Metropolitan planning organizations are already in place in most regions, and some have done outstanding work.  But much of their best work is only advisory.  We need to strengthen our MPOs with a set of performance goals and strong achievement incentives to help their regions accommodate growth while reducing automobile dependence and per-capita carbon emissions, reducing per-capita infrastructure spending, maintaining housing affordability, and conserving our watersheds, forests and farms beyond the suburban fringe.  We also need to provide assistance to regions and communities for updating outmoded zoning regulations, whose emphasis on uniformity and single-use districts too often stands in the way of innovative practices.

Where we have implemented great planning, it has produced great results.  Portland substantially reduced greenhouse gas emissions and automobile use per resident between 1990 and 2005 while increasing transit usage 75% and tripling bicycling, even though emissions and driving in other cities soared.  Arlington, Virginia nearly quadrupled housing and office space growth along a subway line while maintaining lovely neighborhoods single-family homes nearby and experiencing only negligible increases in automobile traffic.  Across the border, the province of Ontario is implementing a terrific plan that will allow greater Toronto to grow by nearly 3 million residents in 30 years, through walkable, transit-supported neighborhoods, while preserving a 2-million acre greenbelt just outside the developed area.  Let's develop initiatives that help our metro regions replicate these successes.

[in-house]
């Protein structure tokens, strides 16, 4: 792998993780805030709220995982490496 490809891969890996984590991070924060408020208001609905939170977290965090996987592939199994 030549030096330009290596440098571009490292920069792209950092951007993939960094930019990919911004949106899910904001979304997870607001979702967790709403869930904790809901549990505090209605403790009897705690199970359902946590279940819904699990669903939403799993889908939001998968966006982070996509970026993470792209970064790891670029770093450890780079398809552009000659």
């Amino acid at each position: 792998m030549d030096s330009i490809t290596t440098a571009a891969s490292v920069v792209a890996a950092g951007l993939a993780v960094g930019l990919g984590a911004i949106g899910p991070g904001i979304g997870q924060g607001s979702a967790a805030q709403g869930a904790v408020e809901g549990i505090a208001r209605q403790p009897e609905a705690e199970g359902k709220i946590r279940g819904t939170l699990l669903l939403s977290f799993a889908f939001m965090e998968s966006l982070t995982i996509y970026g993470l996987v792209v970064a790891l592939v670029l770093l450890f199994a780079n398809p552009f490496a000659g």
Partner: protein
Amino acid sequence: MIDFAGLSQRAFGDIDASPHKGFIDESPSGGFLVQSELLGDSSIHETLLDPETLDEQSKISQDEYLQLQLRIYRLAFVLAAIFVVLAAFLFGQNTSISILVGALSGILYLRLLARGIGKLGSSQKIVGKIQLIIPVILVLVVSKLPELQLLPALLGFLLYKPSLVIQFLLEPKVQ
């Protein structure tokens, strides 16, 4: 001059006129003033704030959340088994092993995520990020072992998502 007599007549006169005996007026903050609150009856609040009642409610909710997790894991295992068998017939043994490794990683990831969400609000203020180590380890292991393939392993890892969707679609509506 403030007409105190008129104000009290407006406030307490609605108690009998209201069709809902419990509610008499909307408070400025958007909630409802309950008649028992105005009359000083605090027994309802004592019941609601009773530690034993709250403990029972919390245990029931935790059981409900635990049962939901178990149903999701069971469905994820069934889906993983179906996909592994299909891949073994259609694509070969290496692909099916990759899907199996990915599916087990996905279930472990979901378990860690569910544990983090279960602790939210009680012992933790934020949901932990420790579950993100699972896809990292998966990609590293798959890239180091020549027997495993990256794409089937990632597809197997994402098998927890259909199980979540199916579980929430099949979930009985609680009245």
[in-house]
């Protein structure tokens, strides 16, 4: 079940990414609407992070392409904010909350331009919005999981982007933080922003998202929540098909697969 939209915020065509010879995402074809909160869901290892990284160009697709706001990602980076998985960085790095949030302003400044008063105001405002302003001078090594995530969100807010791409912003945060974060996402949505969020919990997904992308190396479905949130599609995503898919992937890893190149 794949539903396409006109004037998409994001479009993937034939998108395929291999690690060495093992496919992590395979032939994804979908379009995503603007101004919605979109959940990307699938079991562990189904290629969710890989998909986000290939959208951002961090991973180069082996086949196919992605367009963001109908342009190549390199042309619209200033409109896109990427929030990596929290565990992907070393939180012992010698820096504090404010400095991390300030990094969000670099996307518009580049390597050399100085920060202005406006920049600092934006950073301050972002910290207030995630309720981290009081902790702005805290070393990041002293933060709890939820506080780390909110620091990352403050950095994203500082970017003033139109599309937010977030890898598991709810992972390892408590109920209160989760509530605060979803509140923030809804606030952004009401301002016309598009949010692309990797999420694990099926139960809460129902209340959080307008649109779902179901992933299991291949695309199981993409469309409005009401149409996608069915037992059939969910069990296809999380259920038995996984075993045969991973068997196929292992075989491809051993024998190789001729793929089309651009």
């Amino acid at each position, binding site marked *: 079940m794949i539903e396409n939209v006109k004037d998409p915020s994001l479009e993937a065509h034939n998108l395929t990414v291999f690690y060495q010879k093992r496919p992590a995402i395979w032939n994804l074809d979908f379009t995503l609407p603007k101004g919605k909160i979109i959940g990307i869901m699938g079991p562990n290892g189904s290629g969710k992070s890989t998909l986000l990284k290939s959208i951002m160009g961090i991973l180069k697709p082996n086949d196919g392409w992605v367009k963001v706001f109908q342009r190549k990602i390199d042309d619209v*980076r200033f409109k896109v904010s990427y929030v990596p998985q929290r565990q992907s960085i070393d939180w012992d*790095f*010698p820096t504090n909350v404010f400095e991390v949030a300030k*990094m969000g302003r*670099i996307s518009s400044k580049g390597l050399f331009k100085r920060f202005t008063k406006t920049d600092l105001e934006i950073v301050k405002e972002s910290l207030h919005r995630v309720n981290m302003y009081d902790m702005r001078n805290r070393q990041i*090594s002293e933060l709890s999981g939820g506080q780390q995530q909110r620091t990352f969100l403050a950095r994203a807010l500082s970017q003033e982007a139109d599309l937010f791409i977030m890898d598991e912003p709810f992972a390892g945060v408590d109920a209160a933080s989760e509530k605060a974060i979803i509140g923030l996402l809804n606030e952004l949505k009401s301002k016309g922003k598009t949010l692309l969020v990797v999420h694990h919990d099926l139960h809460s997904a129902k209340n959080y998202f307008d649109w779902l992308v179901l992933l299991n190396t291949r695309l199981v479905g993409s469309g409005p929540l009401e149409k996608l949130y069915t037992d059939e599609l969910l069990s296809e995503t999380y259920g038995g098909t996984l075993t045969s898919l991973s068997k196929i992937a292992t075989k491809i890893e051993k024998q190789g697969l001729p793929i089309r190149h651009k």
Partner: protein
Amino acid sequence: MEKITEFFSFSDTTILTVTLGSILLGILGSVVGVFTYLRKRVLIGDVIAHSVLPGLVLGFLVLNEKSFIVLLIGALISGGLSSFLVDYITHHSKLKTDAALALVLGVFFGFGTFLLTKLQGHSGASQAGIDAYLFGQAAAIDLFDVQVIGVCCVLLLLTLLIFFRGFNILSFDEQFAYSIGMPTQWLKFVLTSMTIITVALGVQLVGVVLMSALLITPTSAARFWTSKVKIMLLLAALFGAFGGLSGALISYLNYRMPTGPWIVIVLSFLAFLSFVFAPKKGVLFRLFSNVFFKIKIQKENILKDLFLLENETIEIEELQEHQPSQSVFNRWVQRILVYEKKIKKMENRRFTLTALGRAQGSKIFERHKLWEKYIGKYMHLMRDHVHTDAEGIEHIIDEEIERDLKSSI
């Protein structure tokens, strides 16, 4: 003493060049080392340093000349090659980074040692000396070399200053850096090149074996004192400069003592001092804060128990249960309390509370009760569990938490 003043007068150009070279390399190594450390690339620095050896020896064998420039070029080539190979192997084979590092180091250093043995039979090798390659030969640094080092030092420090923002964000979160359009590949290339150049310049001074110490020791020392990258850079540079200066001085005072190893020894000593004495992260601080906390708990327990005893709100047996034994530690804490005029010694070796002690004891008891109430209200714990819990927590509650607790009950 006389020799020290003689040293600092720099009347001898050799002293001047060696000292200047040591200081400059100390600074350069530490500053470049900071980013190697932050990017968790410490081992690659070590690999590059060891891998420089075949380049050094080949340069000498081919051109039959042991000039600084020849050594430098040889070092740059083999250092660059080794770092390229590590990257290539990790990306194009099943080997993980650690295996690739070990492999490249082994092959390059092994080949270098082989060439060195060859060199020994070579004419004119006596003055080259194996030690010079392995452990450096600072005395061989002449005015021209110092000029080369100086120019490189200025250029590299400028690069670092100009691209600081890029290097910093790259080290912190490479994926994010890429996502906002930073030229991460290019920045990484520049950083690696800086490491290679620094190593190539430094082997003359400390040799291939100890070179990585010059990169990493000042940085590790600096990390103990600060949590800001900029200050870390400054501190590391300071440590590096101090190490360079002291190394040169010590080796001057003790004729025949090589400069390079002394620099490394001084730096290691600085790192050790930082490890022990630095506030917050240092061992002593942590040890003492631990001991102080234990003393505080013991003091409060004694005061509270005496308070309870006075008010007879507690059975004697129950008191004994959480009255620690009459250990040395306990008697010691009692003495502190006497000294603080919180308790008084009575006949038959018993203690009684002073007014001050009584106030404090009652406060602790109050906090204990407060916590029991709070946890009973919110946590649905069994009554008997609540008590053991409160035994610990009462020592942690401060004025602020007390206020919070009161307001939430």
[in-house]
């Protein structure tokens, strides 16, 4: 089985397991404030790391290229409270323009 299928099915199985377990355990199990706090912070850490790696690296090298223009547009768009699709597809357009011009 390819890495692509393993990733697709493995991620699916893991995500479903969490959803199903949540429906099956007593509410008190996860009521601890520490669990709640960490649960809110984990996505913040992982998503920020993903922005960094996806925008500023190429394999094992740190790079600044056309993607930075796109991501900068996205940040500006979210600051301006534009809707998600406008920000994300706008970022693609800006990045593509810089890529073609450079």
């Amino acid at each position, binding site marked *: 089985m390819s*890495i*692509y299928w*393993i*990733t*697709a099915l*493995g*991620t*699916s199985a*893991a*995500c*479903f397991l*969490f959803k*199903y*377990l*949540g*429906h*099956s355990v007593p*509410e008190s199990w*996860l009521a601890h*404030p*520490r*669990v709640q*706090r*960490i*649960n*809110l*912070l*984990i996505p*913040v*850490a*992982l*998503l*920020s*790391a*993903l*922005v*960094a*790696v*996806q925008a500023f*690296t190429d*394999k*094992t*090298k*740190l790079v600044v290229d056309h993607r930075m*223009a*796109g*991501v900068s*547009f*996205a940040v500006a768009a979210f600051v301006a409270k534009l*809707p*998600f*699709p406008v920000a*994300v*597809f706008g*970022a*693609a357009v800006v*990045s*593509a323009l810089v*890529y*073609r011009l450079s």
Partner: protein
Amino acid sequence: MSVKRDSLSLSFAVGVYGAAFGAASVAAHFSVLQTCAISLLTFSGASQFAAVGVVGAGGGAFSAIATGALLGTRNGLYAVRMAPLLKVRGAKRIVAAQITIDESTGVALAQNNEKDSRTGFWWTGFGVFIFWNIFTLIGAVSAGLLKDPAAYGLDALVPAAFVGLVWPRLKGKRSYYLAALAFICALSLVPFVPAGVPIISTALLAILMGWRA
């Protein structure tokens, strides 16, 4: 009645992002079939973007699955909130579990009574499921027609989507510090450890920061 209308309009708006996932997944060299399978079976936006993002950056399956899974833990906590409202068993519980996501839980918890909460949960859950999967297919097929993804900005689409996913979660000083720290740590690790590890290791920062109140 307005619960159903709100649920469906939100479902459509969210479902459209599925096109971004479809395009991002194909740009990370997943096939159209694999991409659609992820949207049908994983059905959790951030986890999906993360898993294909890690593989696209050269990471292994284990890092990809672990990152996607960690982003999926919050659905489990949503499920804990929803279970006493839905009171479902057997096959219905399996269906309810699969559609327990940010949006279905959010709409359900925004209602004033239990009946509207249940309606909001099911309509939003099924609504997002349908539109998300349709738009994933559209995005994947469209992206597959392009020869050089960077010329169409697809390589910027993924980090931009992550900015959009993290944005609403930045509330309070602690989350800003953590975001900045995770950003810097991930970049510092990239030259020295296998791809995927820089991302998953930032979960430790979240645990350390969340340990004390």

• Build a world-class public transportation system.  Just as we built a world-class Interstate Highway System beginning in the 1950s, today we need to marshal our national resources to build a state-of-the-art system of public mass transportation that reduces pollution while strengthening our communities and efficiently taking people where we need to go.  San Diego's spiffy light rail transit system (by: paulkimo9, creatuive commons license)More Americans are turning to public transit now than at any time in the last 50 years, and ridership is soaring, but systems are straining to meet the demand. 

Serving the new, more populous America will be a much more demanding task than we have had before, and we will need more efficient ways of getting around than we have today.  Today, extensive availability of transportation services coupled with compact development patterns enable Europeans to take public transportation to work four times more frequently than Americans.  Only 41 percent of tips in Amsterdam are made by car.

While matching that level of performance may take time, especially outside of our very largest US cities, there is no reason why a world-class system of attractive, comfortable, frequent, coordinated and convenient buses, streetcars and subways cannot become the mode of choice for many more Americans.